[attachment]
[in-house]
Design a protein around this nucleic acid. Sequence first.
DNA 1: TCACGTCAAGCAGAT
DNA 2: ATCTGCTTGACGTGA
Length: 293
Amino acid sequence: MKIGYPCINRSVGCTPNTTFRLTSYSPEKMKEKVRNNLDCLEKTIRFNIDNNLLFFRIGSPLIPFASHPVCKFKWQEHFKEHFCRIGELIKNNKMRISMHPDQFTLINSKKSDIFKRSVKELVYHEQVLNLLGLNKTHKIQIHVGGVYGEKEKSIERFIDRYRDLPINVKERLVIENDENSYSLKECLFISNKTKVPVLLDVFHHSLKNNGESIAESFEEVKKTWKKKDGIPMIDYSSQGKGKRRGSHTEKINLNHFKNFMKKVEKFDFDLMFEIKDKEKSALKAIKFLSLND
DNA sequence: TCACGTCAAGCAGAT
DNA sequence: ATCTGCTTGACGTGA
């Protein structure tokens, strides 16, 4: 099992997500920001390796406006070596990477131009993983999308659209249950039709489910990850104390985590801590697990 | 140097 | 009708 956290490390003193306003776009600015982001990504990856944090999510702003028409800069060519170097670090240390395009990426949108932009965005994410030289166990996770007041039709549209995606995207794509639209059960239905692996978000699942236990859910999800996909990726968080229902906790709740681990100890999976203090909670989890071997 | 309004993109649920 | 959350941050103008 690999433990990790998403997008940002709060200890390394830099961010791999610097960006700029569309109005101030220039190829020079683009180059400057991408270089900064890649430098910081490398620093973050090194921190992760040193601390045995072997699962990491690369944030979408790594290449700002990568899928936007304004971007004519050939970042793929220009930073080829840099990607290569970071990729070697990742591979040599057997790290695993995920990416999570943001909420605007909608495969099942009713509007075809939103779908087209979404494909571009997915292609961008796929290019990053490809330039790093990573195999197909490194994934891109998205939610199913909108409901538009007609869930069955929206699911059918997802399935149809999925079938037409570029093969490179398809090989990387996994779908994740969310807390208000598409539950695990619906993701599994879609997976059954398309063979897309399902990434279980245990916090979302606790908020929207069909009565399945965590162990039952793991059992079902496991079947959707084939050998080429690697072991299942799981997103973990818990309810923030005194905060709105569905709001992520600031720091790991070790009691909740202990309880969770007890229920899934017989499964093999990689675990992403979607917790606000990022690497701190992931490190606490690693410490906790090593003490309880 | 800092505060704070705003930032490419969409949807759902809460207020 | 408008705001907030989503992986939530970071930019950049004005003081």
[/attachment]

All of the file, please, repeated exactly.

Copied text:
[in-house]
Design a protein around this nucleic acid. Sequence first.
DNA 1: TCACGTCAAGCAGAT
DNA 2: ATCTGCTTGACGTGA
Length: 293
Amino acid sequence: MKIGYPCINRSVGCTPNTTFRLTSYSPEKMKEKVRNNLDCLEKTIRFNIDNNLLFFRIGSPLIPFASHPVCKFKWQEHFKEHFCRIGELIKNNKMRISMHPDQFTLINSKKSDIFKRSVKELVYHEQVLNLLGLNKTHKIQIHVGGVYGEKEKSIERFIDRYRDLPINVKERLVIENDENSYSLKECLFISNKTKVPVLLDVFHHSLKNNGESIAESFEEVKKTWKKKDGIPMIDYSSQGKGKRRGSHTEKINLNHFKNFMKKVEKFDFDLMFEIKDKEKSALKAIKFLSLND
DNA sequence: TCACGTCAAGCAGAT
DNA sequence: ATCTGCTTGACGTGA
């Protein structure tokens, strides 16, 4: 099992997500920001390796406006070596990477131009993983999308659209249950039709489910990850104390985590801590697990 | 140097 | 009708 956290490390003193306003776009600015982001990504990856944090999510702003028409800069060519170097670090240390395009990426949108932009965005994410030289166990996770007041039709549209995606995207794509639209059960239905692996978000699942236990859910999800996909990726968080229902906790709740681990100890999976203090909670989890071997 | 309004993109649920 | 959350941050103008 690999433990990790998403997008940002709060200890390394830099961010791999610097960006700029569309109005101030220039190829020079683009180059400057991408270089900064890649430098910081490398620093973050090194921190992760040193601390045995072997699962990491690369944030979408790594290449700002990568899928936007304004971007004519050939970042793929220009930073080829840099990607290569970071990729070697990742591979040599057997790290695993995920990416999570943001909420605007909608495969099942009713509007075809939103779908087209979404494909571009997915292609961008796929290019990053490809330039790093990573195999197909490194994934891109998205939610199913909108409901538009007609869930069955929206699911059918997802399935149809999925079938037409570029093969490179398809090989990387996994779908994740969310807390208000598409539950695990619906993701599994879609997976059954398309063979897309399902990434279980245990916090979302606790908020929207069909009565399945965590162990039952793991059992079902496991079947959707084939050998080429690697072991299942799981997103973990818990309810923030005194905060709105569905709001992520600031720091790991070790009691909740202990309880969770007890229920899934017989499964093999990689675990992403979607917790606000990022690497701190992931490190606490690693410490906790090593003490309880 | 800092505060704070705003930032490419969409949807759902809460207020 | 408008705001907030989503992986939530970071930019950049004005003081």